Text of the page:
The year was 1978 and on a warm day in late June, I entered the world at the base of the Flatirons in beautiful Boulder, Colorado.
Because I am a native of Colorado (yes, I used to have the sticker on my car) I instantly was granted membership into the fandom of any and all Colorado sports teams. Throughout the years, I've even been known to embellish the circumstances surrounding my birth to tell the tale that the first thing I remember seeing was glorious Folsom Field, home of the Colorado Buffaloes. Not true. Sue me.
My parents are both natives of Kansas, my mom attended Lawrence High and my dad is a Shawnee Mission South graduate. Because of that, and their love for KU, I moved to Lawrence when I was 10, a few months after Danny and the Miracles made their run to the title (sweet timing, right) and have been here ever since.
I continue to call Colorado home and have made many attempts at returning there after moving to Lawrence. I intended to return for high school.... didn't happen. I was certain that I would attend Colorado State University for college.... that didn't happen either, mostly because of the reputation of KU's Journalism School and my in-state status. After that, though, I was sure I would move back to Colorado for my first job. As you surely know by now, that didn't happen either. I used to wonder why I never made it back there, but then it hit me: Lawrence must be a pretty great place and I must like it here. Both are true.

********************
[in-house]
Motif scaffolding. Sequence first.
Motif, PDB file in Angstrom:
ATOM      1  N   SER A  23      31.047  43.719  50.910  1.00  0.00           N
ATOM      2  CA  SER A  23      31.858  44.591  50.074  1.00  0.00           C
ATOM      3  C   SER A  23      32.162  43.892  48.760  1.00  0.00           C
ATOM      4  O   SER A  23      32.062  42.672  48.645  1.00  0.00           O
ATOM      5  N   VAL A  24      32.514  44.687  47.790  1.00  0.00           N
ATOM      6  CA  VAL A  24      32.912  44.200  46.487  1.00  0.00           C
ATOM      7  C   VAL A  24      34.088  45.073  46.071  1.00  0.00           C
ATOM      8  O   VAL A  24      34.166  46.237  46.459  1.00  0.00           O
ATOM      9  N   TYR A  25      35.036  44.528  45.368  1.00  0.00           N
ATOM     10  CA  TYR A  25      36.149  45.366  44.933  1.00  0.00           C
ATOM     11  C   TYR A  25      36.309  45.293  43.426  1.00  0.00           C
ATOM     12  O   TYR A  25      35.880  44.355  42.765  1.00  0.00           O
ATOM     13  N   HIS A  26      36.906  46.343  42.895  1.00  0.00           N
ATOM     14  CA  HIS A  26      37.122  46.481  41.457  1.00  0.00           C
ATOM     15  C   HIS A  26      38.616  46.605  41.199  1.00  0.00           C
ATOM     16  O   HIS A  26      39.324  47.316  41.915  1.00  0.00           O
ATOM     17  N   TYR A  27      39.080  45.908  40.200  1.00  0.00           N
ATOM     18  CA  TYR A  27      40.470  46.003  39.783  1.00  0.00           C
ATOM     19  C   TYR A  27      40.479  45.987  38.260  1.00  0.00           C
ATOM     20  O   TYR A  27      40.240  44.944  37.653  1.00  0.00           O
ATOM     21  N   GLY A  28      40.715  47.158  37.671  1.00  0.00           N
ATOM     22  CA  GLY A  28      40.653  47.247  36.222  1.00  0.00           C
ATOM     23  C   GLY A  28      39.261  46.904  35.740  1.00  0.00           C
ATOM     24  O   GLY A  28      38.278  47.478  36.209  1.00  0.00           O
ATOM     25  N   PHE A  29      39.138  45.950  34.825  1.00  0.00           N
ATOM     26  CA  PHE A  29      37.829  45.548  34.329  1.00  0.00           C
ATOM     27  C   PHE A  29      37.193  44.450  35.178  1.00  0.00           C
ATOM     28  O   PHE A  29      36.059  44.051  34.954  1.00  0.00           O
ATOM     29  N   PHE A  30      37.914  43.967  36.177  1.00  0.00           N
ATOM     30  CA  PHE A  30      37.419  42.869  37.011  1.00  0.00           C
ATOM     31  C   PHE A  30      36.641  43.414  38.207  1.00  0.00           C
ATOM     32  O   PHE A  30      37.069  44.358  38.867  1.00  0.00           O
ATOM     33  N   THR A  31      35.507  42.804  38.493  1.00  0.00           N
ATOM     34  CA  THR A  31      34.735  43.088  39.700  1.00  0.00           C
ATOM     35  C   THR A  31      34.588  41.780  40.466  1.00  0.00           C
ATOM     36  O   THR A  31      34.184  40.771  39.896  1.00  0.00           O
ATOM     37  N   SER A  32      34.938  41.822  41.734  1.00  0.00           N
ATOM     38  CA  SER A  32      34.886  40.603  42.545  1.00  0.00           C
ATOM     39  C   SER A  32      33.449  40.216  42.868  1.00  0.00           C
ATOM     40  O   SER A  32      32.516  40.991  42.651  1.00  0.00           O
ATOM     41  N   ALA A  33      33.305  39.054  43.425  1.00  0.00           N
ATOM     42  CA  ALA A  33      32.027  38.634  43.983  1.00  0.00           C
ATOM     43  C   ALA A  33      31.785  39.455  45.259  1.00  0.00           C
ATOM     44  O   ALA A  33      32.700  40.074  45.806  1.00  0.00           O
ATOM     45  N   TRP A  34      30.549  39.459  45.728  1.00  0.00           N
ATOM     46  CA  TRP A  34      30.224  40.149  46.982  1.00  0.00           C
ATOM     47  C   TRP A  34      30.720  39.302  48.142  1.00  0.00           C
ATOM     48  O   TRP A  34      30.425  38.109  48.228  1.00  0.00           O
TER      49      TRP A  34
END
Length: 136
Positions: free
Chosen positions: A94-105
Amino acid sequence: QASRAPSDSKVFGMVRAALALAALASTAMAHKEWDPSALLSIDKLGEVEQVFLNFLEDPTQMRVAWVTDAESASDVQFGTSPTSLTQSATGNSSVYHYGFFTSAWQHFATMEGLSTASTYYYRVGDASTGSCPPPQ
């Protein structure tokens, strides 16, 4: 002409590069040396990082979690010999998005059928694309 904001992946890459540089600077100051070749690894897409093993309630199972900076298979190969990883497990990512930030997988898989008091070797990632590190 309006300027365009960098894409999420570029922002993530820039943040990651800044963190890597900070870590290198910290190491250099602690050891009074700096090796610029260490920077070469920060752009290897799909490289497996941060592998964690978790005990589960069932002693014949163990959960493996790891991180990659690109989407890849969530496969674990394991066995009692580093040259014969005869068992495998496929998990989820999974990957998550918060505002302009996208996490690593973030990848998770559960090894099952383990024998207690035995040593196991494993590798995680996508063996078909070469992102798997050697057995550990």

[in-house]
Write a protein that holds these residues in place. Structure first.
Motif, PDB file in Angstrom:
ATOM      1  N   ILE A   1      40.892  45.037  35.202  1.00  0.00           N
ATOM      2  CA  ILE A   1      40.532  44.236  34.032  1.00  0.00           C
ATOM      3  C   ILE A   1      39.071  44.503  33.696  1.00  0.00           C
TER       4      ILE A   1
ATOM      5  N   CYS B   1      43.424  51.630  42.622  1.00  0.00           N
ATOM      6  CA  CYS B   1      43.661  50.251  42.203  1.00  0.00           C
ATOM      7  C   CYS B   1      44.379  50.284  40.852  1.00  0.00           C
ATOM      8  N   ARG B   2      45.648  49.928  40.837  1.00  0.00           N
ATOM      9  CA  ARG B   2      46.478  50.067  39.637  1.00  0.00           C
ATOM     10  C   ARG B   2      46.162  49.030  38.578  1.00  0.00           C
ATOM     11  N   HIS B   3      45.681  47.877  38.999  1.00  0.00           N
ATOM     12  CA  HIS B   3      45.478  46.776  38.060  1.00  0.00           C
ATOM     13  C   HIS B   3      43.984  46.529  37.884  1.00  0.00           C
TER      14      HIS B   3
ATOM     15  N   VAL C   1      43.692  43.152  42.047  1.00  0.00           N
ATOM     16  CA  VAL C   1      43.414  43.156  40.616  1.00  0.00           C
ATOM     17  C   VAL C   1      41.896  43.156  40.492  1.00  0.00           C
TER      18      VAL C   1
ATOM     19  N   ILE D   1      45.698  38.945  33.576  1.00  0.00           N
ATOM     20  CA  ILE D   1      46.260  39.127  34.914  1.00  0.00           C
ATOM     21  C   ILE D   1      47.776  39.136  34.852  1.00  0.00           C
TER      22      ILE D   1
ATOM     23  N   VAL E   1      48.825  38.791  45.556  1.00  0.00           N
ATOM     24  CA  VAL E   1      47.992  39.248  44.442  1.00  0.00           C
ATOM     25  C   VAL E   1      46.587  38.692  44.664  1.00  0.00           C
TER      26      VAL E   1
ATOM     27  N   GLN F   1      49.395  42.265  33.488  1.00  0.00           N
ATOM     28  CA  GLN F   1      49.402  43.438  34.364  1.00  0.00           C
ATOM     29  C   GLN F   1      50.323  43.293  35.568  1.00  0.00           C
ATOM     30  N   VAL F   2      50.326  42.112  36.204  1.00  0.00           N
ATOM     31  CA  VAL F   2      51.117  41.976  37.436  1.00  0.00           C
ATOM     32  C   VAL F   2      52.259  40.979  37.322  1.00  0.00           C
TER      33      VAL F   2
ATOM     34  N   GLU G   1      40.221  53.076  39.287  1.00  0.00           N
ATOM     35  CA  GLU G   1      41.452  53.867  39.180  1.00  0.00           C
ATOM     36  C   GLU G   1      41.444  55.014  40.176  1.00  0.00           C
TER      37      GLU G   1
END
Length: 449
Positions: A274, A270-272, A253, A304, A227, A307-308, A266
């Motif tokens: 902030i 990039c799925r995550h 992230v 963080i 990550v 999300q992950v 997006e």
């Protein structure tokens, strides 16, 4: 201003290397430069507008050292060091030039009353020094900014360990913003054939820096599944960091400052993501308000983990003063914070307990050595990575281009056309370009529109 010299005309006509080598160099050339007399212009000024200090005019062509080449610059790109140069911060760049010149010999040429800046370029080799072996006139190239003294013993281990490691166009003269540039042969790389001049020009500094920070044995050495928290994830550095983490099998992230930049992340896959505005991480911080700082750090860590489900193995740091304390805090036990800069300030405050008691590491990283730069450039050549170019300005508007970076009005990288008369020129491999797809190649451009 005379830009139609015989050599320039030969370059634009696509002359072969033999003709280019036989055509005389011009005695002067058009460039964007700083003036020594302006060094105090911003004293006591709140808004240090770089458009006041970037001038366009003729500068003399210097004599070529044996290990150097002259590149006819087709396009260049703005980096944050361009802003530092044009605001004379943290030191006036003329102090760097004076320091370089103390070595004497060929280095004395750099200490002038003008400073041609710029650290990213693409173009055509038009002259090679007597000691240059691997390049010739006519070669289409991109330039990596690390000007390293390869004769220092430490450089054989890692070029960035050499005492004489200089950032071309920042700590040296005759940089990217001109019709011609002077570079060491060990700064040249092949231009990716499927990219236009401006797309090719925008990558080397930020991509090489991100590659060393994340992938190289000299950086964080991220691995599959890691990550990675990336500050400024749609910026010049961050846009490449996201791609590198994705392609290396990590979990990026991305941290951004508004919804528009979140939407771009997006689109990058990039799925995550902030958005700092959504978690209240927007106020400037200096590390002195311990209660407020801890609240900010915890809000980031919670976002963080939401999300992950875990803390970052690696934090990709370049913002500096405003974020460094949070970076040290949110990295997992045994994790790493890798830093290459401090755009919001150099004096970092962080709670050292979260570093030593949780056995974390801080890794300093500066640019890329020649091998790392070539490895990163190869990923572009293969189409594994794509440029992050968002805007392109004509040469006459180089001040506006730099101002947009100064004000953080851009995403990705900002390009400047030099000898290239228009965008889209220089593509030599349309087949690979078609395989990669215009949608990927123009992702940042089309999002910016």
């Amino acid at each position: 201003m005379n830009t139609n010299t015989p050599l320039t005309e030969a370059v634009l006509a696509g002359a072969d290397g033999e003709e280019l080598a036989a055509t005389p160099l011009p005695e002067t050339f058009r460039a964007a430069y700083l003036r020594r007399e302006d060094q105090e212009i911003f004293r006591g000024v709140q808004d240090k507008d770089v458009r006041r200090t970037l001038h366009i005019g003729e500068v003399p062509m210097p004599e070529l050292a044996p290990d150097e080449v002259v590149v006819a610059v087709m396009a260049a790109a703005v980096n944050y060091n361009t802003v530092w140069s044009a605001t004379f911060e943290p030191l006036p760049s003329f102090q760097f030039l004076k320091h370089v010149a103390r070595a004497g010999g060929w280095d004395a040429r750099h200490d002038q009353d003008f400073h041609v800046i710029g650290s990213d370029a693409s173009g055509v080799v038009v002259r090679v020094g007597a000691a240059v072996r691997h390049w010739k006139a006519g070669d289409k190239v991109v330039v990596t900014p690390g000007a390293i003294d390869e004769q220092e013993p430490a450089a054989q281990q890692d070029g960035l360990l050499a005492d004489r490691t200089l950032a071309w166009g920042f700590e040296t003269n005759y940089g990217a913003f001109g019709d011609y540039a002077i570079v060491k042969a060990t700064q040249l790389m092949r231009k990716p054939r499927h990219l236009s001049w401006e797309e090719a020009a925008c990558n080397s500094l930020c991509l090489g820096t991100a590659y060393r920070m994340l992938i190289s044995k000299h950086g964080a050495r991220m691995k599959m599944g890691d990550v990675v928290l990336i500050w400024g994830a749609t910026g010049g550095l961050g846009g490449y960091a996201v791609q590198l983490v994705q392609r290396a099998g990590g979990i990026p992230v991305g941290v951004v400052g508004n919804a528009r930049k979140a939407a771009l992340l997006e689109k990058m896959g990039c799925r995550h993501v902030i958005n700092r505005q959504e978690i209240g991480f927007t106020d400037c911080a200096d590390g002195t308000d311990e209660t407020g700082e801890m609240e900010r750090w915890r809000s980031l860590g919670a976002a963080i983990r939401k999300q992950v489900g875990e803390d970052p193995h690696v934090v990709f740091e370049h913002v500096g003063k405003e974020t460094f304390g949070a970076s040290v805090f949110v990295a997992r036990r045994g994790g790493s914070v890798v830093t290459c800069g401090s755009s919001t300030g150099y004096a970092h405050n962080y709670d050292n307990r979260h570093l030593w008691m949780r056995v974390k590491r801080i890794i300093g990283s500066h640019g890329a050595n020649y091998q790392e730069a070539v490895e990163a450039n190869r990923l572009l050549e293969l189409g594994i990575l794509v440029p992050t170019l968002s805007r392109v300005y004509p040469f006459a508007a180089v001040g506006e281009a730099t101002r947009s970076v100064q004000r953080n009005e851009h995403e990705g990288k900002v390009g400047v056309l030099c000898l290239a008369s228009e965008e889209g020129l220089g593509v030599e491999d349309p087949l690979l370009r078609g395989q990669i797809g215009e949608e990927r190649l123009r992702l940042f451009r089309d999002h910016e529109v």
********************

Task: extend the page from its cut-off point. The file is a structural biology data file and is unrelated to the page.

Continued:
During my time in Lawrence, I attended Pinckney Elementary School for two years, West Junior High for three and graduated from Lawrence High in 1996. After that I attended the University of Kansas and graduated in 2000 with a degree in Journalism.
During my college days, I covered the KU baseball and basketball teams for the University Daily Kansan. While I enjoyed covering baseball and learned a lot while doing it, basketball was the beat everybody wanted and I still remember my first hoops story for the UDK: Michael Jordan retires. There was something pretty cool about seeing my byline next to a mug shot of Jordan. Other highlights from my time at the UDK include my work following the death of Wilt Chamberlain and a great series that my former roommate (Sam Mellinger of the Kansas City Star) and I did on the top 10 KU athletes of the century around the Y2K craze. The KU athletic department voted on the top 10 and Sam and I split up the names and did five stories apiece. Mine: Wilt, Ray Evans, Al Oerter, Jim Ryun and Ralph Miller. What a great time.
In addition to working for the UDK, I was the publisher of a KU sports web site run by Rivals.com — JayhawkTalk.com — which I continued to operate for a little more than a year after graduation.
I joined the World Company in June of 2001, when I was hired to become the sports editor of the Bonner Springs Chieftain and Basehor Sentinel weekly newspapers. In 2004, my position grew to include becoming the sports editor of the Shawnee Dispatch, another weekly, which I helped start from the ground up. In July of 2007 I got the call to the big leagues when I was named High School Sports Editor at the Journal-World.
It was an awesome feeling covering high school sports in the town I grew up in. Many of the coaches who were around when I was at LHS still are there today and it has been an absolute blast reconnecting with them.